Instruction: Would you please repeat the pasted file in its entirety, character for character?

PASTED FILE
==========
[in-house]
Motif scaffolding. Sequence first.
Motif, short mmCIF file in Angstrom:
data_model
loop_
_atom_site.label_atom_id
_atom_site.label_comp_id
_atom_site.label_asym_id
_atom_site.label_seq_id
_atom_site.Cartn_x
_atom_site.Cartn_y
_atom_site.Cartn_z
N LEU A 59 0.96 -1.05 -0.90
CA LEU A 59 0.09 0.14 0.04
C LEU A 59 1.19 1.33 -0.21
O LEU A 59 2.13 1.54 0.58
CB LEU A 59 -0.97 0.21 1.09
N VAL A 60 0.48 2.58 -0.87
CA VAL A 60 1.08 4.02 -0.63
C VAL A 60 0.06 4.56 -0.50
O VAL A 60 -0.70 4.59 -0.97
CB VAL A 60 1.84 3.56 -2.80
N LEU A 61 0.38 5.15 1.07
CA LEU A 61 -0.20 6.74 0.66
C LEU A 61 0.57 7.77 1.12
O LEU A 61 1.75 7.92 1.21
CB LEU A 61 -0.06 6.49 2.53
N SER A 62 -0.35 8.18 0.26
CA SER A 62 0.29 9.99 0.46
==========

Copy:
[in-house]
Motif scaffolding. Sequence first.
Motif, short mmCIF file in Angstrom:
data_model
loop_
_atom_site.label_atom_id
_atom_site.label_comp_id
_atom_site.label_asym_id
_atom_site.label_seq_id
_atom_site.Cartn_x
_atom_site.Cartn_y
_atom_site.Cartn_z
N LEU A 59 0.96 -1.05 -0.90
CA LEU A 59 0.09 0.14 0.04
C LEU A 59 1.19 1.33 -0.21
O LEU A 59 2.13 1.54 0.58
CB LEU A 59 -0.97 0.21 1.09
N VAL A 60 0.48 2.58 -0.87
CA VAL A 60 1.08 4.02 -0.63
C VAL A 60 0.06 4.56 -0.50
O VAL A 60 -0.70 4.59 -0.97
CB VAL A 60 1.84 3.56 -2.80
N LEU A 61 0.38 5.15 1.07
CA LEU A 61 -0.20 6.74 0.66
C LEU A 61 0.57 7.77 1.12
O LEU A 61 1.75 7.92 1.21
CB LEU A 61 -0.06 6.49 2.53
N SER A 62 -0.35 8.18 0.26
CA SER A 62 0.29 9.99 0.46